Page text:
When it begins operating in 2027, the Northeast Recycling and Transfer Station will be a modern, enclosed facility that meets the latest environmental standards and best practices for recycling, according to King County officials.
In 2020, King County Solid Waste Division began the process of selecting a site to replace the aging and limited Houghton Transfer Station in Kirkland, which has been operating since the mid-1960s. After considering input from a number of stakeholders, including city representatives, residents and a community-based advisory group, King County identified three sites to study in an environmental review process under the State Environmental Policy Act.
According to results from a siting study in March, the Redmond location on Willows Road received the lowest score (35.4) of evaluation criteria and the site in Woodinville recorded the second lowest (38.4). On the other hand, both Kirkland locations scored above 75. As a result, the site at the corner of Willows Road and Northeast 124th Street was removed from the list of potential locations.
The prospective 13.6-acre site in Woodinville would be located at Winsome Trading and an adjacent property owned by Northwest Utilities on Woodinville-Redmond Road. At several virtual meetings, council members expressed concern about traffic, tourism and distance to Interstate 405. Residents have expressed concern about noise and smell creating an issue for tourism, such as outdoor breweries in the area and concerts in the summer.
A newsletter from the city describes the Woodinville parcels as within the suitable size and shape, and located in close proximity to transportation corridors and other transfer facilities. However, this site is currently owned by a long-standing business with over 100 employees.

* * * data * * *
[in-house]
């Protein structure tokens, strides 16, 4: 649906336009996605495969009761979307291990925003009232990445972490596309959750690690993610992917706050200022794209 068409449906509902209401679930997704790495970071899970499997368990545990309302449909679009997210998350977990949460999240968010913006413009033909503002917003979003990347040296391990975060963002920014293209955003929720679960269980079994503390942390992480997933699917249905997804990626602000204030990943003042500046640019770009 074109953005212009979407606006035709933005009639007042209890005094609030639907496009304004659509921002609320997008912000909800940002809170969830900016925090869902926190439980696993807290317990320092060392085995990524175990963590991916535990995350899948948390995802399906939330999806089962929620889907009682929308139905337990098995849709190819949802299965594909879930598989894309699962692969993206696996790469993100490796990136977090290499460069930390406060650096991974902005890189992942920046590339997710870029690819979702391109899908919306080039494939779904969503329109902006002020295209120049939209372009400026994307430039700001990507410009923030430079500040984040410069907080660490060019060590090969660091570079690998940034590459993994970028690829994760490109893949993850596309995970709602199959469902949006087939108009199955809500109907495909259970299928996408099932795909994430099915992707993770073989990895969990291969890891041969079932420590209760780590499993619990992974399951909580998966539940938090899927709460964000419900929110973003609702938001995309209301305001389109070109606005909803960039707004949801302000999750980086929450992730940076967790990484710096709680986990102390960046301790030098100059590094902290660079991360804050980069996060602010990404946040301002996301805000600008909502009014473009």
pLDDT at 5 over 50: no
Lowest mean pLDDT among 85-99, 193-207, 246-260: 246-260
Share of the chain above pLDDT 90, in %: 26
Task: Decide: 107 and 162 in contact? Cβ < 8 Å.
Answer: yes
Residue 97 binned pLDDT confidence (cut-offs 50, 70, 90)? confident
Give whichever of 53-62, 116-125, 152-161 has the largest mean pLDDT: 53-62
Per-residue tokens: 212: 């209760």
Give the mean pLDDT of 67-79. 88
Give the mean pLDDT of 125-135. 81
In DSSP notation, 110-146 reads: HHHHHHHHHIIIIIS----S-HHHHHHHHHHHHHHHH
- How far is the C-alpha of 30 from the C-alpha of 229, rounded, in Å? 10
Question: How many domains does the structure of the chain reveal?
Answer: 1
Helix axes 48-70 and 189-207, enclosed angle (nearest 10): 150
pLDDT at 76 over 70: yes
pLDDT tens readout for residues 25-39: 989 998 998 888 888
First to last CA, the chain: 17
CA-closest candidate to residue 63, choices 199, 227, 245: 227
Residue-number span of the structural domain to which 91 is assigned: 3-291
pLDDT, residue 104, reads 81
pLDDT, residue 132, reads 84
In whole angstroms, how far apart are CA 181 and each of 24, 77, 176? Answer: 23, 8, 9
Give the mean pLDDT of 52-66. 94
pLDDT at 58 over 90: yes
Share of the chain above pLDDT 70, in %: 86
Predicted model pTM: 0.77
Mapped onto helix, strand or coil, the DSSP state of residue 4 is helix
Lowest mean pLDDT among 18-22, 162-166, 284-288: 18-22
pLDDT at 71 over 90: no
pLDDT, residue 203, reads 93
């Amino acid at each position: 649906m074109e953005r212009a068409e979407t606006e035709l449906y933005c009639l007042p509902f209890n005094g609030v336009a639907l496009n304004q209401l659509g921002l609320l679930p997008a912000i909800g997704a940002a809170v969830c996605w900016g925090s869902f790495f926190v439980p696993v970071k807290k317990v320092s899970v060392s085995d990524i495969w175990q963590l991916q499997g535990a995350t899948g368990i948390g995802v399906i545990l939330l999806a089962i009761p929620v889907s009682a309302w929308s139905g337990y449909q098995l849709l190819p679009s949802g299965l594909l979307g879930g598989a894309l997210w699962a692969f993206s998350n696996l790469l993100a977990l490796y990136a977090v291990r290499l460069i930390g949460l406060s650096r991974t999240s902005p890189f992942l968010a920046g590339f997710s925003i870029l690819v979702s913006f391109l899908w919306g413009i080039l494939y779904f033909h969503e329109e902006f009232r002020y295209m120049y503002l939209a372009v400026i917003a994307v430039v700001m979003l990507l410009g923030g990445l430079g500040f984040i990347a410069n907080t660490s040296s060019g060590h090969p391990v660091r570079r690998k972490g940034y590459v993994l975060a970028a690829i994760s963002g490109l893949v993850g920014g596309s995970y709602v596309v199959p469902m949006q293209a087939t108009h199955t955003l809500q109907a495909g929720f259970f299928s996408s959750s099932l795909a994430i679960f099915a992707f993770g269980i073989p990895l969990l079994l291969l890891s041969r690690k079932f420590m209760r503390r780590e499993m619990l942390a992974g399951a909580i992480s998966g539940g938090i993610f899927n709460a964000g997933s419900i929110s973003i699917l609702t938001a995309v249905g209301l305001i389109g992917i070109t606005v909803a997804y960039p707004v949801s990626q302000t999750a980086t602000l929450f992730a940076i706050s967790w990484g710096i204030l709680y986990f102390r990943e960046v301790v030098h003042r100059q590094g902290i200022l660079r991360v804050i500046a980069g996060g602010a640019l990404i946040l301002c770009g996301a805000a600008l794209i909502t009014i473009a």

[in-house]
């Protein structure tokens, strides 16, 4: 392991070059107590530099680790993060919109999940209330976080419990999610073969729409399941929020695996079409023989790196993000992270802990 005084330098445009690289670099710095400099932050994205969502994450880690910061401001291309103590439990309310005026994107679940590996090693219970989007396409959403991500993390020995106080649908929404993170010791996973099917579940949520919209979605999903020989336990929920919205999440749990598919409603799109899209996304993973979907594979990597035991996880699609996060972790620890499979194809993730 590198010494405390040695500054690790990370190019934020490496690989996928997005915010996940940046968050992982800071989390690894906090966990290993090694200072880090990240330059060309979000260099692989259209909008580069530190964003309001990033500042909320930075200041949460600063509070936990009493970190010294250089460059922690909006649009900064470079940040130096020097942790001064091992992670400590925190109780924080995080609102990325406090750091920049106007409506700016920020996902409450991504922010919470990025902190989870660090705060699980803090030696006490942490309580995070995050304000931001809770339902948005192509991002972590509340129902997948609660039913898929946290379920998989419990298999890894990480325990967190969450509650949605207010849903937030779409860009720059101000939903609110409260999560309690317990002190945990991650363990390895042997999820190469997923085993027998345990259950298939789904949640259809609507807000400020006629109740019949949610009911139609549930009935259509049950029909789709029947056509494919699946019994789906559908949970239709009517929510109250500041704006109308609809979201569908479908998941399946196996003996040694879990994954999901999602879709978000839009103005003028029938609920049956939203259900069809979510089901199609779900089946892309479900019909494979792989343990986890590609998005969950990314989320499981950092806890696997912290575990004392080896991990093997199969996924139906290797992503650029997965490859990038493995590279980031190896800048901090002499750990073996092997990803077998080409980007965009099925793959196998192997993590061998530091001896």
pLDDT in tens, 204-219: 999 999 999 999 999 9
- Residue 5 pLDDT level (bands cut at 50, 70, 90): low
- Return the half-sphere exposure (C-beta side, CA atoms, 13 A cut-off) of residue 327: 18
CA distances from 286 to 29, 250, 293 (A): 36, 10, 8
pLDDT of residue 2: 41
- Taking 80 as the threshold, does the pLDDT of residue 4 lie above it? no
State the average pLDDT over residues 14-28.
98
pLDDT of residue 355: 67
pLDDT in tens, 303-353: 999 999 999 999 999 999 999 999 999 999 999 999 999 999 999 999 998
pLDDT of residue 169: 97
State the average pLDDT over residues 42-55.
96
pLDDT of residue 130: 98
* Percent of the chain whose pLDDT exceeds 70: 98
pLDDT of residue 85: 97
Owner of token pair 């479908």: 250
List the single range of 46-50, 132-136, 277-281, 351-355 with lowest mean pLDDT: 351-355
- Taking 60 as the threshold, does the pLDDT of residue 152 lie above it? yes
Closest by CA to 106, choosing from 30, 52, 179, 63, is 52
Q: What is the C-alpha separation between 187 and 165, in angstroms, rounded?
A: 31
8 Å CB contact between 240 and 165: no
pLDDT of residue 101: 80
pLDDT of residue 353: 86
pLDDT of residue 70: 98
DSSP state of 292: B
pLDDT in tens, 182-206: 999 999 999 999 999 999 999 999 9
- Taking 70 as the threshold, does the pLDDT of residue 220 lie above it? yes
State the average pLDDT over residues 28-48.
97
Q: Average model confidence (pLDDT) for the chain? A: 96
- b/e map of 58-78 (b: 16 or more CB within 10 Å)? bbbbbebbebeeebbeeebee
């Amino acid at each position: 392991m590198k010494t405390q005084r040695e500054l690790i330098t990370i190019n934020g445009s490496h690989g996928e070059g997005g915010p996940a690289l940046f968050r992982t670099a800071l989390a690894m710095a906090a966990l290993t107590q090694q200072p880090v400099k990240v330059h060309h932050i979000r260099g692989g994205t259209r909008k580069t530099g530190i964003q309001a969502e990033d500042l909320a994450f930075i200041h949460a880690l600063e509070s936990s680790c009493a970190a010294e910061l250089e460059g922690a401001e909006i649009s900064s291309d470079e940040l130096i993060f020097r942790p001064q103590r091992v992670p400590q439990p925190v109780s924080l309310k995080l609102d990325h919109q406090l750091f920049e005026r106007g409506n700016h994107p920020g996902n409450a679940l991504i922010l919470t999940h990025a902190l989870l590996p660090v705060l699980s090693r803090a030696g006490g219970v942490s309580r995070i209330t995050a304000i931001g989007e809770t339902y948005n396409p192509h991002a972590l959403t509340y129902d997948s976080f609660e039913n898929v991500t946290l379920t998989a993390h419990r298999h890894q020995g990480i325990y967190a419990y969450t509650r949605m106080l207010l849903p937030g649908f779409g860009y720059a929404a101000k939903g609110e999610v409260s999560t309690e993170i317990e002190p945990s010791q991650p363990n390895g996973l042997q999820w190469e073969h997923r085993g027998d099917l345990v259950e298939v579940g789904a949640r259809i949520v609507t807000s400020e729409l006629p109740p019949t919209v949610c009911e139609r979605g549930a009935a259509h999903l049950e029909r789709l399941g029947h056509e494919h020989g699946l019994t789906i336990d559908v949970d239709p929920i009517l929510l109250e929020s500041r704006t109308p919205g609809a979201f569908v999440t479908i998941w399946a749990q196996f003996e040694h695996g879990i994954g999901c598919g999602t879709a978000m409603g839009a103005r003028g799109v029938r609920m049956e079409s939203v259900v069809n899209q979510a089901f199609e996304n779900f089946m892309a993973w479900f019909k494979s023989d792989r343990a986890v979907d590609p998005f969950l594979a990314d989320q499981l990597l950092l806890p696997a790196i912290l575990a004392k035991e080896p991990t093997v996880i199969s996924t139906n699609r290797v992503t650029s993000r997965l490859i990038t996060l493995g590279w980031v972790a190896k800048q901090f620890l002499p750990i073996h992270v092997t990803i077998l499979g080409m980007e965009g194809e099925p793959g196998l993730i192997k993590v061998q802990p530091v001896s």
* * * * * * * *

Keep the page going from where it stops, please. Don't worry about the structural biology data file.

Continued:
According to the city, the warehouse on-site was developed for the unique needs of Winsome Trading. Should this site ultimately be selected, the potential impacts associated with property acquisition and business relocation could be significant.
Two other areas under consideration are the Houghton Park and Ride and the existing Houghton Transfer Station.
A staff report from the city said the current Houghton Transfer Station in Kirkland is nearing the end of its service life. However, despite offering limited services, Houghton continues to be one of the busiest transfer stations in the county. The station is positioned next to the former landfill, which is currently being used as sports fields. The whole property, covering 25.4 acres, is being considered for the replacement site, although the county aims to preserve or redo as much of the ball fields as possible.
A number of factors were considered in determining which sites advanced for further analysis in an Environmental Impact Statement (EIS), including cost, technical feasibility, transportation access, community needs and environmental considerations. While all sites were evaluated using the same criteria, each one has different tradeoffs and benefits to consider.
The environmental review process will start with scoping in summer 2021. Members of the public will be invited to comment on the proposed siting alternatives, impacts, and potential mitigation measures to study in the EIS. King County will then prepare a draft statement due out for public review and comment in early 2022.
King County will continue to work with property owners, neighbors, stakeholders and community members to understand and respond to their questions and concerns around the project. The new station is anticipated to open in 2027.